When we looked at the panoramic view of the Old City from our rooftop in Galata, it was the giant form of the Suleymaniye Mosque which dominated the skyscape. And when we visited the Suleymaniye Hamam we caught glimpses of its minarets but did not visit, something I now wanted to remedy.
It was the same renowned sixteenth century architect, Mimar Sinan, who designed not only the mosque but the whole complex of hospitals, schools, tombs and hamam. He designed and supervised the construction of nearly 500 buildings, including almost 100 mosques and his influence on subsequent architects was immense. The Suleymaniye Mosque was his biggest project in Istanbul.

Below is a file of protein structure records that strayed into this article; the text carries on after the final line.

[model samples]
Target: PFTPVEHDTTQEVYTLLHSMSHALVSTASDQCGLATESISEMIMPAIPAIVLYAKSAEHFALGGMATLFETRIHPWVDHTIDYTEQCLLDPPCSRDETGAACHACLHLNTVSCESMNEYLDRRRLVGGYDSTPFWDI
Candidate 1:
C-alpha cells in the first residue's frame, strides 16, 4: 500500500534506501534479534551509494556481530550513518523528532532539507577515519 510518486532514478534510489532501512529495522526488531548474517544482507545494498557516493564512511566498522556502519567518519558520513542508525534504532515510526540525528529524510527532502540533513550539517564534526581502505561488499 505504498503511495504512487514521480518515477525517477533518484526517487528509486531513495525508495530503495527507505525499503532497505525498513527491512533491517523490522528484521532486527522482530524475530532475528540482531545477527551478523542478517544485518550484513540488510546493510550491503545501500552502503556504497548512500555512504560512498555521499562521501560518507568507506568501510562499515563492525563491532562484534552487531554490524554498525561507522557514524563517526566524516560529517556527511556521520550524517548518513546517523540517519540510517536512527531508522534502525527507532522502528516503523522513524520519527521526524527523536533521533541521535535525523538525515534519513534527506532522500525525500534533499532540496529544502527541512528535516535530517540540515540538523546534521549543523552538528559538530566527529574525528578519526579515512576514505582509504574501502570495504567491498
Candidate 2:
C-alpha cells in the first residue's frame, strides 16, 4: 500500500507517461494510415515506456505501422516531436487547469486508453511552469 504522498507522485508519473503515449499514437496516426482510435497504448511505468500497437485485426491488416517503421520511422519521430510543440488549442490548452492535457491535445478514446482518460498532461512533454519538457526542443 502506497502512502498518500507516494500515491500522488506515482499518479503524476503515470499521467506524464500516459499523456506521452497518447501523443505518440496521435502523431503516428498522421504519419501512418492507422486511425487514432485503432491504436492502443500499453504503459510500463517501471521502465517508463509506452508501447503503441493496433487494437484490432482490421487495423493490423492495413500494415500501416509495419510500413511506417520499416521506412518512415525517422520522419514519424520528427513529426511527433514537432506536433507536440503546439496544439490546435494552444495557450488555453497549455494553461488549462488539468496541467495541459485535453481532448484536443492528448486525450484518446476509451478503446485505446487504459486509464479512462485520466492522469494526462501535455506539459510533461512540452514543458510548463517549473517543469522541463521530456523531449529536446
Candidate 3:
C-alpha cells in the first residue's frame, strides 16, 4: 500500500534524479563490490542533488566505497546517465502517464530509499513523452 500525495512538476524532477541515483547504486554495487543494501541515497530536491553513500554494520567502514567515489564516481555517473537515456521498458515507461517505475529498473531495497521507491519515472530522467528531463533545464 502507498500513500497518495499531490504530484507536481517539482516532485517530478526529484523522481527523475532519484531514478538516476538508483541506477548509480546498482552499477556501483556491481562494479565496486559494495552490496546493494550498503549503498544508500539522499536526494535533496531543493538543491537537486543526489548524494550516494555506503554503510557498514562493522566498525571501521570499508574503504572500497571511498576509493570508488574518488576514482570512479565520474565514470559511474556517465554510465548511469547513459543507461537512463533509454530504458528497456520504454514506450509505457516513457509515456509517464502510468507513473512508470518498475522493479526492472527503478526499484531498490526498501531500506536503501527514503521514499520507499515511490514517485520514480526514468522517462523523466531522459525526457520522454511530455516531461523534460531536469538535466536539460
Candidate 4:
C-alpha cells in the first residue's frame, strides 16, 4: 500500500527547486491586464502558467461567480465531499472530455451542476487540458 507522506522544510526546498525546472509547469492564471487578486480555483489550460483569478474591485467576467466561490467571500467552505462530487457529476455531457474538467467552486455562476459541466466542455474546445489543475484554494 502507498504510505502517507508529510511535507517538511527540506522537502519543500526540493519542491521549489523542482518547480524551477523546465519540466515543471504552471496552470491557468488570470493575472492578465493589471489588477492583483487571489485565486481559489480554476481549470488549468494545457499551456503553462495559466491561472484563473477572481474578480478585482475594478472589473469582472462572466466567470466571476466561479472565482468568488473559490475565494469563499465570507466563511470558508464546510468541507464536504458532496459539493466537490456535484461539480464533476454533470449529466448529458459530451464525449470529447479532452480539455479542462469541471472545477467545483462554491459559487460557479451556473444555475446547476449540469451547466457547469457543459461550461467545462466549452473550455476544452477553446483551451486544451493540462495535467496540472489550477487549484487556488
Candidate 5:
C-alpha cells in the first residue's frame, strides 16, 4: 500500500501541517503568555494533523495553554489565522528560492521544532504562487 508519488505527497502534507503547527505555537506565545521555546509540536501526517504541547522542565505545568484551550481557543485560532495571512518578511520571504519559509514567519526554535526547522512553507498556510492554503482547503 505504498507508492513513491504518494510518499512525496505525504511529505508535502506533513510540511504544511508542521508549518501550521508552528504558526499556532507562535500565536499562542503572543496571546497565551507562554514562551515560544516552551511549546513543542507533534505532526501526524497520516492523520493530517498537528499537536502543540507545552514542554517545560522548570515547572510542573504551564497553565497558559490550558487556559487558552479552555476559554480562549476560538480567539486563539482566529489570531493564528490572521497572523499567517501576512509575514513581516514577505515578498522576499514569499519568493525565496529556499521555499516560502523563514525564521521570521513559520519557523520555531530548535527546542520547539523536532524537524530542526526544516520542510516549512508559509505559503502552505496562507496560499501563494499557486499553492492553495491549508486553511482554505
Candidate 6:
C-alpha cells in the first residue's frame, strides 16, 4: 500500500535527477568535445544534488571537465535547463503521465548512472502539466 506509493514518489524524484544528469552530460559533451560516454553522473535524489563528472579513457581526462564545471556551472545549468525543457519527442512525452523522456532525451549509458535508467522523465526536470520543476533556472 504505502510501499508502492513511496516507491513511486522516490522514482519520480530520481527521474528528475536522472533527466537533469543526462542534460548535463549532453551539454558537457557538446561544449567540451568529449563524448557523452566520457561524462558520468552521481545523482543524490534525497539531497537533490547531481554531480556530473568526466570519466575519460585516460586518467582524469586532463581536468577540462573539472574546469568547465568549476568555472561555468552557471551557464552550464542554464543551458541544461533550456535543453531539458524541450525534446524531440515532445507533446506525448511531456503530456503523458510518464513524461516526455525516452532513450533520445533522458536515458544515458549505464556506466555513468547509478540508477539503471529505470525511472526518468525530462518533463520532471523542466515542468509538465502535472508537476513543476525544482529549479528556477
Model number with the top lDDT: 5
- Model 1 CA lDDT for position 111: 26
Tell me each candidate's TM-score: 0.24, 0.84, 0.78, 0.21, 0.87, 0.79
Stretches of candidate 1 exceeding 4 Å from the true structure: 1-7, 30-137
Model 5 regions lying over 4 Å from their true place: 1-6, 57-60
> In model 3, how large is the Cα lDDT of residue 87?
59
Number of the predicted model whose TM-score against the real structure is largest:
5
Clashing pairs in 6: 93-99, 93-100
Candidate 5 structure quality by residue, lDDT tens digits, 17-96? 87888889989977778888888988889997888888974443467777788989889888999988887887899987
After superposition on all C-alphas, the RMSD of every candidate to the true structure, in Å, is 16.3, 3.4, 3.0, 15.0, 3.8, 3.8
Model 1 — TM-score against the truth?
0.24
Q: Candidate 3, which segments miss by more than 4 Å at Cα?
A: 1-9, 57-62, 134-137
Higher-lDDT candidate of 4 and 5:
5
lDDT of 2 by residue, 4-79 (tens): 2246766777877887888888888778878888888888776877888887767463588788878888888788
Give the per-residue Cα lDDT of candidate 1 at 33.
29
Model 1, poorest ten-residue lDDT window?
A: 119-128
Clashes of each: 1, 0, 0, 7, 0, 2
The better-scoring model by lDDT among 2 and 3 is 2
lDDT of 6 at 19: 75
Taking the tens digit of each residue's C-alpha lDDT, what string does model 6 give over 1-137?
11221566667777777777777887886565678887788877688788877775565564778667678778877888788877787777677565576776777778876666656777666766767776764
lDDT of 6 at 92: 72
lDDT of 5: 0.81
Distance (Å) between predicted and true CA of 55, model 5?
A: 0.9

The surrounding buildings, now shops, and the outside view of the mosque were already impressive, but I was particularly captivated by the harmony of the huge internal courtyard. The huge square domed interior was magnificent of course and more restrained than in the Byzantine Hagia Sophia or the later Blue Mosque. But then again I was drawn by the beauty of the more intimate mausoleums containing the tombs of Suleyman I and his favourite wife Hürrem Sultan (a fascinating woman who rose from concubine to first wife and active in state affairs as well as running the sultan’s household and, from the evidence of a poem he wrote to her, clearly much loved by the sultan). It was in her mausoleum I spotted and photographed the kittens.